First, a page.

There will be a lot to do, and having lists will help, but you also want to give yourself a reasonable amount of time. It can be easy to get overwhelmed in the moving situation and say, I’ll do that tomorrow. Believe it or not, saying that is a good idea, it gives you control over what’s happening rather than what’s happening to have control over you. However, you’ll need to build a few days of “I’ll do that tomorrow” time into the process.
On average, to get everything done turned on, turned off, connected, packed, trucked, and moved takes about eight weeks. Add an extra week to that so you’ll have time for days when you want to have lunch with your friends to say goodbye, or you just cannot face one more moving box today.
Building extra time into your moving schedule will help you breathe easier and make it through with your sanity intact.
Mourn & Celebrate
Humans are a rich and creamy blend of so many emotions, and they are all valid. Don’t try to squelch any or pretend they aren’t there. If you’re sad about leaving friends, neighbors, the best damn slice of pizza on the planet behind, then let that out. Be sad, and don’t feel ashamed about it. This doesn’t mean that you’re not happy to start this new adventure; it just means you’re human, and we don’t just toss off out past experiences like throwing away a tissue.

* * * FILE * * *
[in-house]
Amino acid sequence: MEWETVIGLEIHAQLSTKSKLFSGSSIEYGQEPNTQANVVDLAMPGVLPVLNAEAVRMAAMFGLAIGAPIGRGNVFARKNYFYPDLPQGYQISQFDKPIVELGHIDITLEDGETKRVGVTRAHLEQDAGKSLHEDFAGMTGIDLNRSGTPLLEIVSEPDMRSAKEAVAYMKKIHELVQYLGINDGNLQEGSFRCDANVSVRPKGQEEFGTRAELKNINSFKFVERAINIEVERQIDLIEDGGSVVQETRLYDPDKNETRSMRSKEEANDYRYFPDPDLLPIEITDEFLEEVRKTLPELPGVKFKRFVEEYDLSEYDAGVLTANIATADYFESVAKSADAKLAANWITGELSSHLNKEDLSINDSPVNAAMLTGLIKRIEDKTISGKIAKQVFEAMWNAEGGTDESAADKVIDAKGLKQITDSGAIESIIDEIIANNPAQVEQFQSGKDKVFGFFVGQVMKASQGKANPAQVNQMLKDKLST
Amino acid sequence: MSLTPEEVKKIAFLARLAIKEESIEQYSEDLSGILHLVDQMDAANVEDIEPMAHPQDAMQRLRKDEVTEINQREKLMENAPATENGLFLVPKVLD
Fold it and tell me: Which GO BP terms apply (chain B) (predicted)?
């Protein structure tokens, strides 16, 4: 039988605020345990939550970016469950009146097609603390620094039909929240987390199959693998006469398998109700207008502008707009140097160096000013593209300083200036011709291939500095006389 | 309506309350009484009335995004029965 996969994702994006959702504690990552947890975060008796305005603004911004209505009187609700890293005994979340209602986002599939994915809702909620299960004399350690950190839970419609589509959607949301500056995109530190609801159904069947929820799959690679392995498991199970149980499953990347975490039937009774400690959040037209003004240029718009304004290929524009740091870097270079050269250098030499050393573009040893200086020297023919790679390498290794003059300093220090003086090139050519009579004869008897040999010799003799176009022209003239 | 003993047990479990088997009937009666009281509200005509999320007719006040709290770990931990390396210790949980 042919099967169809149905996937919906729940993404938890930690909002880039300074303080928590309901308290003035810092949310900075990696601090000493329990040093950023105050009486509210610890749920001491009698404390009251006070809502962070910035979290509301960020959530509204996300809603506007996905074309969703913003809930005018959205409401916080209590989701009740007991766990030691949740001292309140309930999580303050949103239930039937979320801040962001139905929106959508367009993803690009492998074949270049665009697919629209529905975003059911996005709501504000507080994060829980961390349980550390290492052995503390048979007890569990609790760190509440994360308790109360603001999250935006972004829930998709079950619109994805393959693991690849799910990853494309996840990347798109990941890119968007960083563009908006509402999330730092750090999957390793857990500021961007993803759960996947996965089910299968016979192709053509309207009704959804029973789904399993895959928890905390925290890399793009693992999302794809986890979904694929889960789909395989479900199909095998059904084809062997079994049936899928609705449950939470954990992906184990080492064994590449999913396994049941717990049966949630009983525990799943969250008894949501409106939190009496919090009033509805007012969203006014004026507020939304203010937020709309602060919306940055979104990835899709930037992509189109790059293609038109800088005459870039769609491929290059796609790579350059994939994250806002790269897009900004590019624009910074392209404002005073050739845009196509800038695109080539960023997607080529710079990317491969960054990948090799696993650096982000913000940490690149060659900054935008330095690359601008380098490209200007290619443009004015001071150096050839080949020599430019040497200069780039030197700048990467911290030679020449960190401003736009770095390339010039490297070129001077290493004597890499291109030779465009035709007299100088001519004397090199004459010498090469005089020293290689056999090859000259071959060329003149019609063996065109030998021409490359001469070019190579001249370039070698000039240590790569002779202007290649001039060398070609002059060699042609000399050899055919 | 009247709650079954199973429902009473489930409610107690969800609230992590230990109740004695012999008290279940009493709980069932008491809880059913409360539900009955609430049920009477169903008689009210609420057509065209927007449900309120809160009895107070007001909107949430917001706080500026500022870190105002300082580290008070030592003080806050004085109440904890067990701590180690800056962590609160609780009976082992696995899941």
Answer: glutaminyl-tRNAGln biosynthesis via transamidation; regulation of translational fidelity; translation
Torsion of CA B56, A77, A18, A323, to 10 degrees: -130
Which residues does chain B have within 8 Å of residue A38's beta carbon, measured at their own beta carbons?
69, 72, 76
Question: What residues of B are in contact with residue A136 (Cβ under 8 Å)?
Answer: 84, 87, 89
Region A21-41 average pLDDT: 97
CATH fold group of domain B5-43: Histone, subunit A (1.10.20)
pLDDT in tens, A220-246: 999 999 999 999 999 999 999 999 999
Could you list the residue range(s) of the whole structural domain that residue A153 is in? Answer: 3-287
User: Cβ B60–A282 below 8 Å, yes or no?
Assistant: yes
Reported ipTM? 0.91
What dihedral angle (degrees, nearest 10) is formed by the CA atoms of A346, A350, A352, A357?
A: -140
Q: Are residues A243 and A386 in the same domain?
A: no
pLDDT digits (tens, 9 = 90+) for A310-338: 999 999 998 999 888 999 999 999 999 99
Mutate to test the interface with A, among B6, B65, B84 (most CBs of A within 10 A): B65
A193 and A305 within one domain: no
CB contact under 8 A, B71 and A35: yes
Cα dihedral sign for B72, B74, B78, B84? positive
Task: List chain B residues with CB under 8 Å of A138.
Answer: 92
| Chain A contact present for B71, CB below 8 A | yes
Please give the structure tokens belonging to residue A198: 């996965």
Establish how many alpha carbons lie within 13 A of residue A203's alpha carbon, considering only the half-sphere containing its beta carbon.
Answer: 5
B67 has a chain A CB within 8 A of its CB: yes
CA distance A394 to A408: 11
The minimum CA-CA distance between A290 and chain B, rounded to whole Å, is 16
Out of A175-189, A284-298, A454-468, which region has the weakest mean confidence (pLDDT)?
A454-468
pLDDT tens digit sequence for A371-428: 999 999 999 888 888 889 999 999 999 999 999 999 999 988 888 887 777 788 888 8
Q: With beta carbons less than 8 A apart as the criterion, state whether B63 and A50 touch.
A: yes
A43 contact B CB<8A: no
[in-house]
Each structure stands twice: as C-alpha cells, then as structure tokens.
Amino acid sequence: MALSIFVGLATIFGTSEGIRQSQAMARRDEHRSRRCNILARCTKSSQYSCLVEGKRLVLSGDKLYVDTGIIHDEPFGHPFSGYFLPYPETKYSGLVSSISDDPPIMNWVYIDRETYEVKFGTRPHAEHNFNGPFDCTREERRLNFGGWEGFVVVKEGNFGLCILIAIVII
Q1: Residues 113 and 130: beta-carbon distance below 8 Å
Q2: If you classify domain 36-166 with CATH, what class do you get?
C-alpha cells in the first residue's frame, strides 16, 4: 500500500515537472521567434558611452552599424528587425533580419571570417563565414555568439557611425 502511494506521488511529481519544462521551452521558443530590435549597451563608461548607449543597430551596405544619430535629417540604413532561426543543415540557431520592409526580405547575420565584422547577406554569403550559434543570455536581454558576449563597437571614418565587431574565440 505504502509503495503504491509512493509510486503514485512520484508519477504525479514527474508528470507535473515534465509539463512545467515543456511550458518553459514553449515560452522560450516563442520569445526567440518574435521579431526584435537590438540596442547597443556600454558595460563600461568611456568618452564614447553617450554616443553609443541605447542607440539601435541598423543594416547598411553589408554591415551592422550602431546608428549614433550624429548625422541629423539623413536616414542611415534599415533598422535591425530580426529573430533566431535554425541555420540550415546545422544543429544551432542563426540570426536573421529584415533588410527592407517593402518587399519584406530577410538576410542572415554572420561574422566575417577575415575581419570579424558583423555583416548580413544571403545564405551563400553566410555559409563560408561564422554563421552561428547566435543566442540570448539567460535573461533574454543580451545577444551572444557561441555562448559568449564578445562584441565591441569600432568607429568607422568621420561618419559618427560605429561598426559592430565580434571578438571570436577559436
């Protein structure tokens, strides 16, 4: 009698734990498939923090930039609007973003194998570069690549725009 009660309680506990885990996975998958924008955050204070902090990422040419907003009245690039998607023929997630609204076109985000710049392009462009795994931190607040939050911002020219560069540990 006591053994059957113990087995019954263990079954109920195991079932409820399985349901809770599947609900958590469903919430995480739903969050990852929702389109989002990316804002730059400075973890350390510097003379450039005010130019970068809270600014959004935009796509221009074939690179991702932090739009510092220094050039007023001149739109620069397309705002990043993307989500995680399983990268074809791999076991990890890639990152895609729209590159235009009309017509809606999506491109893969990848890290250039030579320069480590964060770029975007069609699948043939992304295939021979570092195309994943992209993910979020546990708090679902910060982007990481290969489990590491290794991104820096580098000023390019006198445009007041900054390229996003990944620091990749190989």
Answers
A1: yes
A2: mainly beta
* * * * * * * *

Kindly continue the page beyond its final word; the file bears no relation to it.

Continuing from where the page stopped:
At the same time, celebrate the move, the new adventure, and the coming possibilities. Don’t be afraid to be excited and happy; you don’t have to play the dower sad clown for your neighbors. What you’re doing should be fun and exciting. So, celebrate and put a little zippity in your do dah while you pack.
Little rewards give you something to look forward to and make the process a little more enjoyable. Pack a few boxes have a snack. Work a few days straight, go to a movie. Clear out a room, go to dinner. Whatever you need to keep things moving and reward yourself for the work.
The rewards can be simple and quick, and you can administer them minute to minute. But, it’s not wise to say that I will have a reward when this is all done. Keep the rewards regular through the entire process, so you have a little reason to keep going. Rewards can be anything from snacks to field trips, a glass of wine, or even just a nice long walk. Choose what makes you happy and what you’ll look forward to.
Revere Homes Knows
Buying a house, building a house, or just moving to a new place, it’s never a bad idea to get more ideas from those who have experience. Revere Homes knows homes, moving, and all the stuff in between. If you have questions, why not talk to a company with expertise in all home-related levels? Speak to the good folks at Revere Homes; they may have answers to questions you didn’t even think of yet.